Infection of Reservoir and Incidental Host

Bartonella species are usually inoculated through feeding of the arthropod vector on the mammal host. In the reservoir host, Bartonella species occupy a unique niche in the blood [27, 28] where they invade and persistently colonize mature erythrocytes. The intraerythrocyte habitat is thought to protect the Bartonella organisms from the host immune response, and also guarantees transmission by the vector. Experiments with animal models have shown that before the invasion of erythrocytes, the bacteria colonize a yet unknown primary niche [29], where they replicate during the first days of infection. There is some evidence suggesting that endothelial cells represent the primary niche [30]. Approximately 5 days after infection the bacteria reappear in the bloodstream and adhere to and invade ery-throcytes, where they remain during the lifespan of the erythrocyte [30]. Bacterial infections in the blood are normally associated with severe disease, but Bartonella species infection in the reservoir host is in most cases asymptomatic.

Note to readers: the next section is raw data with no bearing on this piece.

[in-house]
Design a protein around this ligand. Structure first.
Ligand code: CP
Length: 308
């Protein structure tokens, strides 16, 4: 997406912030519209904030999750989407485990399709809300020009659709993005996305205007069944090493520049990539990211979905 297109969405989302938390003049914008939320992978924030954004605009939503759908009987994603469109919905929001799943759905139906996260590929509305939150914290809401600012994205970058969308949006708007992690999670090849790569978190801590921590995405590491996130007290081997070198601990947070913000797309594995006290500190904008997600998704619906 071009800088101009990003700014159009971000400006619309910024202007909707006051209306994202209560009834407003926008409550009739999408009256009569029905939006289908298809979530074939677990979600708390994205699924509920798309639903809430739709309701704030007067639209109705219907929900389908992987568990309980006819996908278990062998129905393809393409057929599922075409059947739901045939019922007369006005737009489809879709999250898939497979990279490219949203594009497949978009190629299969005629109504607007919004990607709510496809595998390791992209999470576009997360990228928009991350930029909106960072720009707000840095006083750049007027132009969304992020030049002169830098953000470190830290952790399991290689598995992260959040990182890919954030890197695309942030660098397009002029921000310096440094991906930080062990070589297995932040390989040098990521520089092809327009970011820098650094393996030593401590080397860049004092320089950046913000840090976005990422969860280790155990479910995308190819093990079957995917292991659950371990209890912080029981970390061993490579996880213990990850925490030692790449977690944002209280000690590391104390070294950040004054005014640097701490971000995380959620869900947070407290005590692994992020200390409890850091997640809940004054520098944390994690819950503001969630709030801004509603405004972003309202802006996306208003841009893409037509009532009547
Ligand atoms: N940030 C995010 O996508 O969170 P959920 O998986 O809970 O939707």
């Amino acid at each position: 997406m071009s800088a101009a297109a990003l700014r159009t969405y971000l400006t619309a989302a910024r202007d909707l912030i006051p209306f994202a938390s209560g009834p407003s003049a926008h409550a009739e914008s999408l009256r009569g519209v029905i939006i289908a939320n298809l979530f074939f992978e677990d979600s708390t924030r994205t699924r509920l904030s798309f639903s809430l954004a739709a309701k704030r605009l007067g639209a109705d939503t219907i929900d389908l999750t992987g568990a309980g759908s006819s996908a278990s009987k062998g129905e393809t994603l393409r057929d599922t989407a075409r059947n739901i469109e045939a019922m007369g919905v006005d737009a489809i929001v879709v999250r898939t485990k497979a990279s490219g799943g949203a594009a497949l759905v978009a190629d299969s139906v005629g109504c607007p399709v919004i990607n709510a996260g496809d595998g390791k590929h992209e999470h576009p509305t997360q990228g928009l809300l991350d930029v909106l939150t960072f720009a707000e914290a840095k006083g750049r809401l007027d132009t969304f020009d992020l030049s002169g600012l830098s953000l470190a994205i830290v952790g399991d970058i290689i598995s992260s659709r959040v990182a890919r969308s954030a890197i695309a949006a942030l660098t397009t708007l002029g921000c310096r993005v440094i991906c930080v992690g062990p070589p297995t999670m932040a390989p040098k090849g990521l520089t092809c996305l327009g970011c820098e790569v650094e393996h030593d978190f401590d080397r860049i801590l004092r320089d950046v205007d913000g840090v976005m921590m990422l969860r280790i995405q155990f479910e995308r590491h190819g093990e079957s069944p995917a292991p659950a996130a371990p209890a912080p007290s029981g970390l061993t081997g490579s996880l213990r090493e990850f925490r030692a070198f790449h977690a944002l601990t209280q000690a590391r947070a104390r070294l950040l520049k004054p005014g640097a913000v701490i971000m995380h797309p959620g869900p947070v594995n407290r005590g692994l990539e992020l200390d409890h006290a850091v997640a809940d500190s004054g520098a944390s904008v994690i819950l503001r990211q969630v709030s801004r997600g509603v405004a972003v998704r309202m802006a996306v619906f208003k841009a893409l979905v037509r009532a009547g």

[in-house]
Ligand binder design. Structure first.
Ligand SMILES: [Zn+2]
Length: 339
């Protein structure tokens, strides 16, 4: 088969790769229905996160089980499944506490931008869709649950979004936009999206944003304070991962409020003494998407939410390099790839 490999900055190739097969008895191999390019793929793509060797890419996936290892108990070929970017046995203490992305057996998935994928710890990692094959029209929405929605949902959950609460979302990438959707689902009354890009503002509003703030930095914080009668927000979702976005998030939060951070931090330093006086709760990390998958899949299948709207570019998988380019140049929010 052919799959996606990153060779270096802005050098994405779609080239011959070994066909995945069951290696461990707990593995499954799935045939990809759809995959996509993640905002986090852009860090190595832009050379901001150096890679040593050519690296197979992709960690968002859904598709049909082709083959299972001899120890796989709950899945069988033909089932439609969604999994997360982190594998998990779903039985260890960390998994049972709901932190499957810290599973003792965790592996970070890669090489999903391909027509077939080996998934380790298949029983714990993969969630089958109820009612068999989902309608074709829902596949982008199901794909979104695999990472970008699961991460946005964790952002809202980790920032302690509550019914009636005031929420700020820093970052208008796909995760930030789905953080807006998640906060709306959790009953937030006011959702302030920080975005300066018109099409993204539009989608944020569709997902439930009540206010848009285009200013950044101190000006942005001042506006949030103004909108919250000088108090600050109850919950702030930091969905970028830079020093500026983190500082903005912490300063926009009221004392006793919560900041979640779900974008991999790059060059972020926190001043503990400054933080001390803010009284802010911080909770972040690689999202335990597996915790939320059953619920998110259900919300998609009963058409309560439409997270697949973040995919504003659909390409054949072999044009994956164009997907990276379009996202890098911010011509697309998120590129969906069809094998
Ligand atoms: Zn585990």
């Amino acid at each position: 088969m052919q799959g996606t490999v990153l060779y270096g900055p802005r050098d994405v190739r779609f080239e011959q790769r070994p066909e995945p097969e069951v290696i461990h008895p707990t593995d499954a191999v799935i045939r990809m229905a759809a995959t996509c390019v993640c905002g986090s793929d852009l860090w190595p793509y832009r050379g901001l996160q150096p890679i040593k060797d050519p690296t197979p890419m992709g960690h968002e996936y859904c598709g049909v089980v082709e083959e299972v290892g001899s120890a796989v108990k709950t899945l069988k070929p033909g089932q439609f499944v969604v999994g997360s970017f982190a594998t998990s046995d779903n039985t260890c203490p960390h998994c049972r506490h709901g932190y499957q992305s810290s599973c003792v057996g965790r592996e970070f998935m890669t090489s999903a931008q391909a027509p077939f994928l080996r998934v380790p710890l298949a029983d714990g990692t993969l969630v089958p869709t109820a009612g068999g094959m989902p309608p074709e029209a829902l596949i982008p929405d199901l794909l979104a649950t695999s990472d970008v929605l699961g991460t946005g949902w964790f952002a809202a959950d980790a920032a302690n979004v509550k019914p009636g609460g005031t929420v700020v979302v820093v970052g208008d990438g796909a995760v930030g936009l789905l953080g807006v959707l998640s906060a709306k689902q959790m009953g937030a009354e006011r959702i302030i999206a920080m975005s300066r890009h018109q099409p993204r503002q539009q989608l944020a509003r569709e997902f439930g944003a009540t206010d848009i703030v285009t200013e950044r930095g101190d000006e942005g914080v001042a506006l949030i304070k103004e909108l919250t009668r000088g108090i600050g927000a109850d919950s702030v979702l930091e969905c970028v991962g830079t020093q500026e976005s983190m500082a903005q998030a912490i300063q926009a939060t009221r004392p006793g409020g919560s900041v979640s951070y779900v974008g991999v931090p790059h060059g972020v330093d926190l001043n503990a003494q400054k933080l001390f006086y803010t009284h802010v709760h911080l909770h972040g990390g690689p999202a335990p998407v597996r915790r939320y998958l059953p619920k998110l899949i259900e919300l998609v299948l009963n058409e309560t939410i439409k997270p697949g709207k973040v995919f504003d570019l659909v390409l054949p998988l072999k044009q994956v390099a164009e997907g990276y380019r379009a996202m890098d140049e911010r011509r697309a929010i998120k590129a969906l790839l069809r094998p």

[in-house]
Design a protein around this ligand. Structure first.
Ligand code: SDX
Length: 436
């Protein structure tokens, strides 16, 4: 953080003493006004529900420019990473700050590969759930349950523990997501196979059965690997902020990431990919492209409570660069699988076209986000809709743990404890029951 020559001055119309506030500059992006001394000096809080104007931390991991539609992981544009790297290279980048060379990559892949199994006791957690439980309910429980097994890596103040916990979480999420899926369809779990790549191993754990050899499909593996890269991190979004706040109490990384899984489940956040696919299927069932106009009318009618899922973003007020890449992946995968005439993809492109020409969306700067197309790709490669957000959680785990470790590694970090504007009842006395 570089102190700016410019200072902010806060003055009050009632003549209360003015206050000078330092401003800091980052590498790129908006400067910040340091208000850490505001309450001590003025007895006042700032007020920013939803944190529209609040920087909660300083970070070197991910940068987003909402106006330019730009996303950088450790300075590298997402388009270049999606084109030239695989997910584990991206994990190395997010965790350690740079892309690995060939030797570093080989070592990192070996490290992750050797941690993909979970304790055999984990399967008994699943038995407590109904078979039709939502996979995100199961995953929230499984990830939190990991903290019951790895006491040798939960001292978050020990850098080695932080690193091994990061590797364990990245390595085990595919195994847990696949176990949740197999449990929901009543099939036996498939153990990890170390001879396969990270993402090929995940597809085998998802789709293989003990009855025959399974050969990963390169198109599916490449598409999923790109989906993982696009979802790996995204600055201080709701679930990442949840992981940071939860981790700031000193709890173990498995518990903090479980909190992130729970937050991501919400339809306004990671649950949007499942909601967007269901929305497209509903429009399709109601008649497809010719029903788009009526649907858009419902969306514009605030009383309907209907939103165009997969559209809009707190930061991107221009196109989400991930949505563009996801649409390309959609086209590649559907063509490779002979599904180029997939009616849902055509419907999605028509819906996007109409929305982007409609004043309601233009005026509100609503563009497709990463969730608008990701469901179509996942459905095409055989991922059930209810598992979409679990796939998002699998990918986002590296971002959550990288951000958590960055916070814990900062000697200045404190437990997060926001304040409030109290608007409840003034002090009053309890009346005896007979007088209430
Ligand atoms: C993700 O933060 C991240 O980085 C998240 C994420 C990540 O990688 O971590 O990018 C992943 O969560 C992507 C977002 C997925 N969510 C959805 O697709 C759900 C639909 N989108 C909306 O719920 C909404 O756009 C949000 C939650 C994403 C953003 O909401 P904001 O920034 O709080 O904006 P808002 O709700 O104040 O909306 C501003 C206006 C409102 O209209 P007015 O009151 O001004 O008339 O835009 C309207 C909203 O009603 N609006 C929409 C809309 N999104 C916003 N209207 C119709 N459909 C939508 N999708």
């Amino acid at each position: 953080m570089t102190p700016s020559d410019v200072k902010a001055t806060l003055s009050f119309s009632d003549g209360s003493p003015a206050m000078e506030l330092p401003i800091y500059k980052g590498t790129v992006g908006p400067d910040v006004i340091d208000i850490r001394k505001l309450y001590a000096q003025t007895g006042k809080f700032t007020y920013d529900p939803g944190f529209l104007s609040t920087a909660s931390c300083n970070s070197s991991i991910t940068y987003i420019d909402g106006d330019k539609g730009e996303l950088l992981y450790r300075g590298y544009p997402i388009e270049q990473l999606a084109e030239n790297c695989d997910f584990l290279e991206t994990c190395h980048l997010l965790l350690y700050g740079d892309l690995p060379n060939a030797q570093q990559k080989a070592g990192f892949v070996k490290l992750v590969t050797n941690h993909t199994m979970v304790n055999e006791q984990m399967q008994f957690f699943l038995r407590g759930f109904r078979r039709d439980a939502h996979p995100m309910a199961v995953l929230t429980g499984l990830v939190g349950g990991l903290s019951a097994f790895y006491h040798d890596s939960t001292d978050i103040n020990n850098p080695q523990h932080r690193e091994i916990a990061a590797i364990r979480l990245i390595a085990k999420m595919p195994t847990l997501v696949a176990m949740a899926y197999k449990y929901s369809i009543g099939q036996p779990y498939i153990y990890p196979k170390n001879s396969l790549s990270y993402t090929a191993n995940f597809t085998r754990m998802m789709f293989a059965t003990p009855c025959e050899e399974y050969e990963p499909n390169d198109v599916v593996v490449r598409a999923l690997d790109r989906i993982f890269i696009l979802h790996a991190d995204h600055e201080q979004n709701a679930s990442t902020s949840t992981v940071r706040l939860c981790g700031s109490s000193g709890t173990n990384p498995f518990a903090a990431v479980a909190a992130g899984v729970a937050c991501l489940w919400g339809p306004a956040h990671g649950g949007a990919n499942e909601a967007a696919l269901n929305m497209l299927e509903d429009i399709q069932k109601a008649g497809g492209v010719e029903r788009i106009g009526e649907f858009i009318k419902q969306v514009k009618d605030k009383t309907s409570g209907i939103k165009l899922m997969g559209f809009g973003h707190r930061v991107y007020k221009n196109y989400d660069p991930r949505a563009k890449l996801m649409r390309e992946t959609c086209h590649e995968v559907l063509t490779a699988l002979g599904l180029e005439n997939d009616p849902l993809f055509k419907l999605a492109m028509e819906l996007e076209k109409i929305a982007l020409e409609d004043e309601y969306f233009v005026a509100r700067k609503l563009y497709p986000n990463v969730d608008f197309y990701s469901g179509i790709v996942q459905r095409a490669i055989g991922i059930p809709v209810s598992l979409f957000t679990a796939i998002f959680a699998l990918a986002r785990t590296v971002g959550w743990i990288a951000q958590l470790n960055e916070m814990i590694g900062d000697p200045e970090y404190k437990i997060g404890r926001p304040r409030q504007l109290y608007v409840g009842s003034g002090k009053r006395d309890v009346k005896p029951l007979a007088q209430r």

B. henselae infections in humans may cause cat-scratch disease, typically manifested as regional swollen lymph nodes. The disease is spread from cats to humans indirectly by the cat flea or directly by a cat bite or scratch. In the United States, B. henselae causes 22 000 diagnosed cases of cat-scratch disease each year. Bartonella species that incidentally infect humans, like B. henselae, do not colonize erythrocytes but vascular endothelial cells. Studies of Bartonella infection of cultured human umbilical vein endothelial cells (HUVEC) have revealed two distinct routes of entry, both induced by the bacterium. The classical route of uptake is reminiscent of bacterium-directed phagocytosis. In B.bacilliformis, uptake is triggered by key regulators of actin reorganization [31] . B. henselae uses an additional uptake route, where aggregates are formed on the cell surface and are subsequently engulfed [32]. Both processes are dependent on actin rearrangements.

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